Product Price

Packaging is often an after-thought that is factored-in beyond the point a company sits down to talk about their product pricing structure. It’s important that you’re thinking about the financial implications of packing from the get-go – it’s not uncommon for a company to factor 10% of their retail price to reflect the cost of their packaging and shipping solutions.

Postage

In the past, the only thing that affected postage costs was the weight of a product. More recently postage companies have moved to ‘volumetric pricing’ – meaning the size and the weight of the product are taken into consideration when calculating cost. Royal Mail size and weight formats can be found here.

Look at the size guidelines for major postage suppliers and keep them in mind when you’re deciding on your packaging design. The difference in a few millimetres can be the difference between one size category and the next – a step up that will often see a hike in a few pounds in cost. It might seem a bit of a leg-work now – but if you’re selling a couple of thousand units a month, that small amount is going to add up quickly!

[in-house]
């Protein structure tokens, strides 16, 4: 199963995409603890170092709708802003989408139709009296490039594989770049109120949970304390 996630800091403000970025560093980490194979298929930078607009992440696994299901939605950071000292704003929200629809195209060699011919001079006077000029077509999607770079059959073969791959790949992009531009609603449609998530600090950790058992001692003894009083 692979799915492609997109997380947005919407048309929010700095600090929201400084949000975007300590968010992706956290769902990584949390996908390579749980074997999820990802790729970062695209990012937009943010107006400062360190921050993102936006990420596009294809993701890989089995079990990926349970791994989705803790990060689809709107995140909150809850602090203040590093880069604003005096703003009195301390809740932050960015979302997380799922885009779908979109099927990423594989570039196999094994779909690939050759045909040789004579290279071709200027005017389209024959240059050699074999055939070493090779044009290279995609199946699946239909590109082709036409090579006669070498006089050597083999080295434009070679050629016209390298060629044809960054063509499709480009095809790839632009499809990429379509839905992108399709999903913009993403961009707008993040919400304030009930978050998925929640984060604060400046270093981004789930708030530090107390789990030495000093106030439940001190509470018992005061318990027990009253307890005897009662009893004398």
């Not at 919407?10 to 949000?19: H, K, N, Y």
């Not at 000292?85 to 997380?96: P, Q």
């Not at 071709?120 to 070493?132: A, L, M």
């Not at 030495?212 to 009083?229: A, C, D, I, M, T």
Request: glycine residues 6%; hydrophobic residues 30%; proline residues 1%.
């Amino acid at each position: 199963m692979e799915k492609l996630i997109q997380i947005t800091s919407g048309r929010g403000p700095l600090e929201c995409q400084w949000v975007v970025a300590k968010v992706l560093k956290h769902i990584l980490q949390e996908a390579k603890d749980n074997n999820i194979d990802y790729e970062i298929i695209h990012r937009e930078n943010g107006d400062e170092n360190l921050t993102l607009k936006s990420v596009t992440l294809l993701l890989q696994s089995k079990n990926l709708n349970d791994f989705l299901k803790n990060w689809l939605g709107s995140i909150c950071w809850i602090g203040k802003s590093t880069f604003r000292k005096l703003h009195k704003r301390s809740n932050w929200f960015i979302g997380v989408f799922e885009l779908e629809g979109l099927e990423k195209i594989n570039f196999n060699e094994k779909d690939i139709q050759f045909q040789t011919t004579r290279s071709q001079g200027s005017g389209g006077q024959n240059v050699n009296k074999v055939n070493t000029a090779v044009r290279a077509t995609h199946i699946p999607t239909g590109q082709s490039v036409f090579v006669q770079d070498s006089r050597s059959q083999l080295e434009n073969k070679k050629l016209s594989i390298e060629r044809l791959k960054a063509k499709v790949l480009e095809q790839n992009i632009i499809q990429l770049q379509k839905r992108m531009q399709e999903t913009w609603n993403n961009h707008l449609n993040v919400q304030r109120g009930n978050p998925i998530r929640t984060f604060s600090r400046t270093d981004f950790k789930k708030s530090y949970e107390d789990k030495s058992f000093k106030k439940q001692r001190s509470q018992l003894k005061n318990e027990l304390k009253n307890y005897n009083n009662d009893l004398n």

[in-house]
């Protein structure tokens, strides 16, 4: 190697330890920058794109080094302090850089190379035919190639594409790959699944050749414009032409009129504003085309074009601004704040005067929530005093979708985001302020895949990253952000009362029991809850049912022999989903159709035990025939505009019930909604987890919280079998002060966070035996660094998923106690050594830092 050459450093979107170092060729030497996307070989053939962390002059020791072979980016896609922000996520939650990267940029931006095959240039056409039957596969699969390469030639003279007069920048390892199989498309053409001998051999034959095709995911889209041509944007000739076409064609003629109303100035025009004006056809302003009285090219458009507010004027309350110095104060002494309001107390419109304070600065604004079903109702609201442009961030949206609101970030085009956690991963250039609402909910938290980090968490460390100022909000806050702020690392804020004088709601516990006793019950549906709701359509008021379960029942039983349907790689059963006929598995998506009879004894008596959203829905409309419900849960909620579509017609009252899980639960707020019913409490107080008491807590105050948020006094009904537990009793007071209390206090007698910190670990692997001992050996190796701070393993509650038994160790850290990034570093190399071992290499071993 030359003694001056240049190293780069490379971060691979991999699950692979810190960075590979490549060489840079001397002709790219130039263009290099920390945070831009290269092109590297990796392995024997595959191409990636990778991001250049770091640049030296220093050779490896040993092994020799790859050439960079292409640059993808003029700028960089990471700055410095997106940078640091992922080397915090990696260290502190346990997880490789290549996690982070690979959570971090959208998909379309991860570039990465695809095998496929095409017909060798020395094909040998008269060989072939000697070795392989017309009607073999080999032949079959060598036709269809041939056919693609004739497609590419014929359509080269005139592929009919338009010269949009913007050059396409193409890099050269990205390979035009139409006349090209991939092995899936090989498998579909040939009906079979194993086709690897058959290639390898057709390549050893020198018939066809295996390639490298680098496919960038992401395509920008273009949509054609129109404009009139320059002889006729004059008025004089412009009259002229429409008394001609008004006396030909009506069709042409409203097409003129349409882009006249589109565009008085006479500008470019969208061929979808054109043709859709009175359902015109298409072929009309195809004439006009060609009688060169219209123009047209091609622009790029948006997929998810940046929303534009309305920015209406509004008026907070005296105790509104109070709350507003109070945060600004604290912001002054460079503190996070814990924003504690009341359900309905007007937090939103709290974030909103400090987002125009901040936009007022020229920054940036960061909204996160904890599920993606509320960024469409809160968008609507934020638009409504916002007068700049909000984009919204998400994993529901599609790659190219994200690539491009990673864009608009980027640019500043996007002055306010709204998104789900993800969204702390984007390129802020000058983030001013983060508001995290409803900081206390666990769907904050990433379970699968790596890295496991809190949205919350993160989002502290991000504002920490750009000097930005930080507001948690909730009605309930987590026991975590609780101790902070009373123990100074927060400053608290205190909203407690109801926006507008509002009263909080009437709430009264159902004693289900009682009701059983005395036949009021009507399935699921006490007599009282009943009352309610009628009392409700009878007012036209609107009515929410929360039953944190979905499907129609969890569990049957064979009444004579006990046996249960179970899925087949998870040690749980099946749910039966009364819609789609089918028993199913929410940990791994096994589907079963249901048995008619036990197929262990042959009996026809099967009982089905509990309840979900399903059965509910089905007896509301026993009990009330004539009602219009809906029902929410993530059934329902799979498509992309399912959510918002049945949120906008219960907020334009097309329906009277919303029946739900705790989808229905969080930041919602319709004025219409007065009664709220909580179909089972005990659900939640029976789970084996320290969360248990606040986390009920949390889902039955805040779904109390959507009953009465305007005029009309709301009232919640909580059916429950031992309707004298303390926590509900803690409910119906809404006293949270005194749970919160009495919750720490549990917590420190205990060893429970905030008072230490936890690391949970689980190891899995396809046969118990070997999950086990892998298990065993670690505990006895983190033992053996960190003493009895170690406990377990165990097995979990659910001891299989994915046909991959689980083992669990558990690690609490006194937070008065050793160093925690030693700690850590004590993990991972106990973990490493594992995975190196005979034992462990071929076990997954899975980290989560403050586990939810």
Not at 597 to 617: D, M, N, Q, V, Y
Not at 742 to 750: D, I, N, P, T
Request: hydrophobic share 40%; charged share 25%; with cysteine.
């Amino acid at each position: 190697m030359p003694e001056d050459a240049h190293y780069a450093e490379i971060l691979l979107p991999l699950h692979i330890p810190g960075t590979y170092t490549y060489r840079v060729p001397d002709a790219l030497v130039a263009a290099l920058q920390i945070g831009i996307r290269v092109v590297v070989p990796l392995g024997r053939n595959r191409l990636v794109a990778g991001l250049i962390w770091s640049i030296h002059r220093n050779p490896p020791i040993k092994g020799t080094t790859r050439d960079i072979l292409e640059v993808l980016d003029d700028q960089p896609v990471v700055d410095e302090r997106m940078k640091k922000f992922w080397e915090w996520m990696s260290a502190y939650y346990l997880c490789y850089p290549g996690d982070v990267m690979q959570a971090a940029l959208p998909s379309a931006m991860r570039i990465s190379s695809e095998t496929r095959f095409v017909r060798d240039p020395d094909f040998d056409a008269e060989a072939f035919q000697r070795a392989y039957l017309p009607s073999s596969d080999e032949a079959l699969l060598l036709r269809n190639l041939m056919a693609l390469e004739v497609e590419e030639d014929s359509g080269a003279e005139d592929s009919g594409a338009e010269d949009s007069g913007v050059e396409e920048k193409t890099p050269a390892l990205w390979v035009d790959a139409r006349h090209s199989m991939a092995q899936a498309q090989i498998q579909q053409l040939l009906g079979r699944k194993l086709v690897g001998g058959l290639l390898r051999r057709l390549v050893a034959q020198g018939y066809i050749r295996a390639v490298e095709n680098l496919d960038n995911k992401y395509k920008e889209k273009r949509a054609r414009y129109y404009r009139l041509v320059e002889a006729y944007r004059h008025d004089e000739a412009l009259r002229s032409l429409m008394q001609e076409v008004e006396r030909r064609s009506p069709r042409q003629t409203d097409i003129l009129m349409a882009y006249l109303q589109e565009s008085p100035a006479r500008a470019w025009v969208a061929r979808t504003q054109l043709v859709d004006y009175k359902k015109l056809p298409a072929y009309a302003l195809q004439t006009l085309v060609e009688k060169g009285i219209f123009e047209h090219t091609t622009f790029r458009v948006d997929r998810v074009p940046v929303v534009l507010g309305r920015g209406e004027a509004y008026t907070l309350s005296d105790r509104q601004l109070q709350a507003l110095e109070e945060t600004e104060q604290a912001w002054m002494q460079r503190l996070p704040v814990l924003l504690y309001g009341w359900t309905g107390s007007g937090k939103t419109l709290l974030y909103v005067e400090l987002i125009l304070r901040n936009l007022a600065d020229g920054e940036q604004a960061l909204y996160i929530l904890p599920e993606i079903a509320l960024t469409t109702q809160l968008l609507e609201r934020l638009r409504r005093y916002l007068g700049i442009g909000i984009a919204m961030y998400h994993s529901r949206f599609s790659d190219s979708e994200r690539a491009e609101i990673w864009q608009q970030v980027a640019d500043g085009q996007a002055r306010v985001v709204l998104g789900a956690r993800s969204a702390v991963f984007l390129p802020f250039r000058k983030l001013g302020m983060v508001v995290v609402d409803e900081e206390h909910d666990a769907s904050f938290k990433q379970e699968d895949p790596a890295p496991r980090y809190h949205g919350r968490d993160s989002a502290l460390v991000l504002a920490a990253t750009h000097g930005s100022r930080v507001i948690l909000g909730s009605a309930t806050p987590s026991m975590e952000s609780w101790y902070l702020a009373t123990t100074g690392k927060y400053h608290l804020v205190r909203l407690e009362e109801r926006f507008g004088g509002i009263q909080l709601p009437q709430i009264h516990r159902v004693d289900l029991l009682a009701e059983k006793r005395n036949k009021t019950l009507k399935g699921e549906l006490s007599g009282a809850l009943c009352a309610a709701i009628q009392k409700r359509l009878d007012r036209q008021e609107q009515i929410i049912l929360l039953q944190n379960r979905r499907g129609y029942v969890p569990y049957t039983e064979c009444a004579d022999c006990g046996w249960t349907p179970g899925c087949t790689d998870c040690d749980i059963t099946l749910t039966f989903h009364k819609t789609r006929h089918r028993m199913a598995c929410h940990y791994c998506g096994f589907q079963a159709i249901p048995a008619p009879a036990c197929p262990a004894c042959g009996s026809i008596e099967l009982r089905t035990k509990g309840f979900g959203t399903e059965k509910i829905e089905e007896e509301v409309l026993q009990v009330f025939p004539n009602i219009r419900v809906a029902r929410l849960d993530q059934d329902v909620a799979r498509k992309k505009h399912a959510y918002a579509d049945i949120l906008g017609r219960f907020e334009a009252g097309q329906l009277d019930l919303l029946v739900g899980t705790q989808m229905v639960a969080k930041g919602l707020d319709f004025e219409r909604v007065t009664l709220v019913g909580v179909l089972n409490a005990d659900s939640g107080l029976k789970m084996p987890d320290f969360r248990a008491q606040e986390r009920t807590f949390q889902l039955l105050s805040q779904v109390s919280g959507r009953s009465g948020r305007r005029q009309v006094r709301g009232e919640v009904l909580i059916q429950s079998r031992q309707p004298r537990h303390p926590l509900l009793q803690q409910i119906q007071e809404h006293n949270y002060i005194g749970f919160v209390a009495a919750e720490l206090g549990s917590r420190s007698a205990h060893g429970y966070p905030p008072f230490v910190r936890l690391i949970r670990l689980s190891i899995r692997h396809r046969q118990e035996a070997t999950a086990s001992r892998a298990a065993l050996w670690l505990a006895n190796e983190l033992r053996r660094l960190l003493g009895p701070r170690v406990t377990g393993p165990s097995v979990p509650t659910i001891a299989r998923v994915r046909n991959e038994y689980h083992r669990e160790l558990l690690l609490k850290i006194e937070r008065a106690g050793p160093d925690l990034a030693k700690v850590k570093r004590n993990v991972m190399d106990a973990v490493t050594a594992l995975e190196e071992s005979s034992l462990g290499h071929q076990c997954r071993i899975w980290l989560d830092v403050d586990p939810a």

Dedicate time to your packaging!

If there is one take-away message here – it’s to dedicate a good amount of time to the consideration of your packaging requirements! Finding a good company to support with this can make a big difference – instead of taking your dimensions and quoting a price, you might want to work with someone who understands your business and your product – in doing so, you’re effectively replacing guess work with years of packaging experience.

I am the founder of Startup Today. I am the main writer and have put in many hours of work into creating this blog. If you want to find out more about me then lets get in contact.